“Behold Thy Mother, Behold Thy Son”

BEHOLD is a key word to the third saying of Jesus while he was being crucified. I realize it is not a word we use in our everyday language. However, it still is used but mainly for dramatic effect in writings.

  • In 2014, Huffingtonpost published an articled titled, “Behold, The Most Influential Contemporary Black Artists In The Industry Today”.
  • In 2017, USA Today printed a headline, “Behold the Michelada, Dodgers Stadium’s signature spirit at the World Series”.
  • Arstechnica.com announced, “Behold, 157 new emoji for 2018”.

Because it is not widely used, many contemporary bible translators remove the word from their texts. Yet the standard translations retain it. The reason is because it is the exact word used in the original language.

“Behold” is a verb in the transitive preterit tense. As a participle passive we would use the word “beheld”. It means “to fix the eyes upon; to see with attention; to observe with care.” Think about that as you compare the readings from contemporary translations with the standard ones.

“Behold, thy son!” [Dramatic] verses “Here is your son.” “Here is your mother.” [Impersonal, almost flippant]. What a difference! Behold the lamb of God which taketh away the sin of the world (John 1:29).

Jesus Lamb Cross

Yes, the word is much used in this manner for exciting attention and admiration. It is in the imperative mode, expressing command, or exhortation; and by no means a mere exclamation. Why am I making this such a big deal?

The Greek word being translated is ἰδού. The term is second person singular imperative middle voice of εἴδω. This particle has an active voice. Its imperative mood demands you “see” something. It calls attention to what may be seen or heard or mentally apprehended in any way. It is drawing attention to a literal, physical object or being.

“Behold” is imperative mood “to see,” calling attention to what may be seen or heard or mentally apprehended in any way. These are regularly rendered “behold.”

If your bible uses the word “here” instead of “behold”, that is because it is translating a different Greek word. The Greek word is Ide instead of idou. It comes from ὁράω (horao, hor-ah’-o). Like idou, ide also means to see, perceive and attend to. However, where it differs is that, by definition, it demands your discernment to beware of something!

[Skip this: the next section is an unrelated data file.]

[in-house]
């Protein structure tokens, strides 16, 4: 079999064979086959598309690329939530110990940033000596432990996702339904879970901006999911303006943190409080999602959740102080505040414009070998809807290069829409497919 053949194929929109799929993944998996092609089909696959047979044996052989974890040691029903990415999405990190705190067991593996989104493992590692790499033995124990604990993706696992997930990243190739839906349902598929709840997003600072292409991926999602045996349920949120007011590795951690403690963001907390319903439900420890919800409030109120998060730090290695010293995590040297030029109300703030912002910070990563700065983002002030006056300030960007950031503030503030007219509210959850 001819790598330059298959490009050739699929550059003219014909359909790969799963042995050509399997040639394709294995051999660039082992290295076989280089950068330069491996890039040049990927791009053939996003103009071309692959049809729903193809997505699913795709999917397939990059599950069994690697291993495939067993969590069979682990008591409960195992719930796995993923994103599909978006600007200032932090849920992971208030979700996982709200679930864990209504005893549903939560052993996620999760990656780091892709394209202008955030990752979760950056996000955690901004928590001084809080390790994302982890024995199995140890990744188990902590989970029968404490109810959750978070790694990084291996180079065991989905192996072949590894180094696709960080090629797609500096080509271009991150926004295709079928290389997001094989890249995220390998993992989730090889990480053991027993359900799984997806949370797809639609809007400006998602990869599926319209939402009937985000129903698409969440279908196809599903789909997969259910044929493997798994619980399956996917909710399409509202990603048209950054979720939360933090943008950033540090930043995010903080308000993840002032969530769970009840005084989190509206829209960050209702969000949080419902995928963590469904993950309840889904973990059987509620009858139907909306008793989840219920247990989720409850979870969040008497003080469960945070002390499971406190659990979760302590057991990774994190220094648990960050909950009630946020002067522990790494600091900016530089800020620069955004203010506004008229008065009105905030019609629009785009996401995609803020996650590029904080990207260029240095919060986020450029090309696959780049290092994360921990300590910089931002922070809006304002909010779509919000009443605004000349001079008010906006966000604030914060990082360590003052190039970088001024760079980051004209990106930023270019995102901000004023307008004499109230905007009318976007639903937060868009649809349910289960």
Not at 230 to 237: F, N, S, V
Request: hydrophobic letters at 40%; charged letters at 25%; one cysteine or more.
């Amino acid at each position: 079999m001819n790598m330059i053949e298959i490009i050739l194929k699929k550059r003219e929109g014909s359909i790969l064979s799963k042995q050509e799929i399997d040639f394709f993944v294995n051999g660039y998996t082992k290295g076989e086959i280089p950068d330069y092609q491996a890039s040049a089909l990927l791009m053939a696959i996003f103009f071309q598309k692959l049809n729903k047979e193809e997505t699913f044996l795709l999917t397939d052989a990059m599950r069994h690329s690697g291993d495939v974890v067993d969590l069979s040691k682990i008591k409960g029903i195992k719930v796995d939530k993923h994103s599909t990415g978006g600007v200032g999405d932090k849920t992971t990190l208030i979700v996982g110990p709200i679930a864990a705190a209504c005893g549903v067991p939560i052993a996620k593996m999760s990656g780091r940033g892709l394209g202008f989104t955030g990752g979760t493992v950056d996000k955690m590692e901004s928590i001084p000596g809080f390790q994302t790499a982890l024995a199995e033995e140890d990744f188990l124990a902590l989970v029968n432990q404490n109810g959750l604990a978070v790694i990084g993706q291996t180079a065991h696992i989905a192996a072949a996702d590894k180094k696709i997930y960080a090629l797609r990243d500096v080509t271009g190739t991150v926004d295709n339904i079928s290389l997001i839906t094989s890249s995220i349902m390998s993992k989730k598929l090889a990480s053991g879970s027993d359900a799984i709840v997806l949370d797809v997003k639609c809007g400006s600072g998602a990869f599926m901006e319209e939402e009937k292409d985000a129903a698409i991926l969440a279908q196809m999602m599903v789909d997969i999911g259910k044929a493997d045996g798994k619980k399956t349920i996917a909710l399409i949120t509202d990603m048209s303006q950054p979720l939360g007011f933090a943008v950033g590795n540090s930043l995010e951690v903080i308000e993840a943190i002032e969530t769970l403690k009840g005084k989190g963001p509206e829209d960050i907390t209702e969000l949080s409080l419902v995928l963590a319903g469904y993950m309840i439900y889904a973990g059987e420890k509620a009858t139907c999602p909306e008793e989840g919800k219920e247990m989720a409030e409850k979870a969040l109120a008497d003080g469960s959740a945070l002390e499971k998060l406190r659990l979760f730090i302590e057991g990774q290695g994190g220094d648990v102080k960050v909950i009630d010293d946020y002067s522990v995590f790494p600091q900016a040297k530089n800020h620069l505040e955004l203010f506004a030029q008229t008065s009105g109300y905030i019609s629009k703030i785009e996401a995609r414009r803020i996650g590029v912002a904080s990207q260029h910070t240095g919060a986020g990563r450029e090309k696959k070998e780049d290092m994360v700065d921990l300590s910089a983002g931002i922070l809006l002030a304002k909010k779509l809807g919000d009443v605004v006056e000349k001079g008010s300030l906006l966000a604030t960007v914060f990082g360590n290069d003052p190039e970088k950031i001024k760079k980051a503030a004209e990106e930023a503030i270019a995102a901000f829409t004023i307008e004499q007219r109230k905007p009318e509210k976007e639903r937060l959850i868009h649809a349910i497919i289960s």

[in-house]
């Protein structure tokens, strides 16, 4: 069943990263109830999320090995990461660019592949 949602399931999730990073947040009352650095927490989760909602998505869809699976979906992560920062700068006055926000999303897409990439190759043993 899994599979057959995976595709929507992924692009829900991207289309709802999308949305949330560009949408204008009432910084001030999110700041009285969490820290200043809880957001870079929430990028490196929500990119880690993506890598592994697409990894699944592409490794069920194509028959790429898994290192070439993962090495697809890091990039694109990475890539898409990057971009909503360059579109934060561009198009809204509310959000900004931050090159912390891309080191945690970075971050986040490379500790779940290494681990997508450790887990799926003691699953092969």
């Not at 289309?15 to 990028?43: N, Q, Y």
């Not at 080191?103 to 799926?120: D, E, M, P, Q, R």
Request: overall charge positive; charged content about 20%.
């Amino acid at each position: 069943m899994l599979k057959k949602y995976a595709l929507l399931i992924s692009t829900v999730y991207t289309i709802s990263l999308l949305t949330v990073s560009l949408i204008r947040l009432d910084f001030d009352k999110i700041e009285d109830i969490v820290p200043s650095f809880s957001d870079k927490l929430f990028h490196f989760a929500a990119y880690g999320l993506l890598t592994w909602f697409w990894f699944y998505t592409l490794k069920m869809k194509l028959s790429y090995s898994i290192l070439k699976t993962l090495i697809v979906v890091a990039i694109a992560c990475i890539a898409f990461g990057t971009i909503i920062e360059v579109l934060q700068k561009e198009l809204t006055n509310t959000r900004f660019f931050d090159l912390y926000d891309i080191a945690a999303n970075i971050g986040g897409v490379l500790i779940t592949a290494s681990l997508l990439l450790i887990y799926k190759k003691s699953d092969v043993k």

“HERE is your son” is a message of wariness, not responsibility.

Idou/behold, is reality. Ide, here, has a METAPHORICAL meaning! The term ide implies it is not literally true.

And herein lies my personal dispute. To flippantly use the phrase, “Here is your son…here is your mother” opens the door for the entire narrative to be interpreted as a metaphorical passage. It is based on a Greek word that implies a metaphorical meaning.

Our ancient creed from Nicaea assumes a literal, physical crucifixion of our Lord. It is not a made up story.

We believe in one Lord, Jesus Christ, the only Son of God, eternally begotten of the Father, God from God, Light from Light, true God from true God, begotten, not made, of one Being with the Father; through him all things were made. For us and for our salvation he came down from heaven, was incarnate of the Holy Spirit and the Virgin Mary and became truly human. For our sake he was crucified under Pontius Pilate; he suffered death and was buried. On the third day he rose again in accordance with the Scriptures; he ascended into heaven and is seated at the right hand of the Father. He will come again in glory to judge the living and the dead, and his kingdom will have no end.

Reflections on Peace During Trouble

Last winter, I was walking along Tamaki Drive in Auckland’s Eastern suburbs. I left out on a quest: to follow the sunset from St Heliers to Mission Bay. The constant change in beauty was breath taking. 

You can see the picture of a couple sitting on the beach. They are surrounded by the peaceful colours of the sun setting over the North Shore. The flattened ball of light reflects toward them across the waters. It is for moments like these I enjoy walking in Auckland.


Reading Mark 1:21-28, I reflected on the topic, Peace During Troubles. Jesus was confronted with a contrary person. This person was heckling Jesus while he taught inside a place of worship. Jesus commanded this person:

‘Hold your peace’.

The opposite of peace is not war; it is the absence of fear.

Fear of the unknown robs you of your peace. I pondered the connection in the liturgy between the Gospel text and the reading from I Corinthians 8. Then I realized worshipping idols is a manifestation of fear. Devotion expressed to inanimate objects is a manifestation of fearing the unseen forces those objects represent.

In the Corinthian passage, this condition is referred to as being ‘unclean’. Our internal struggles require the power of peace. Peace is found through worship – but not worship of non-living forms.

Peace can be found in the midst of our internal struggles. Peace can be found during troublesome periods in our life. This is because you already possess peace! It is within you. Circumstances hide your peace. Look beyond your troubles and: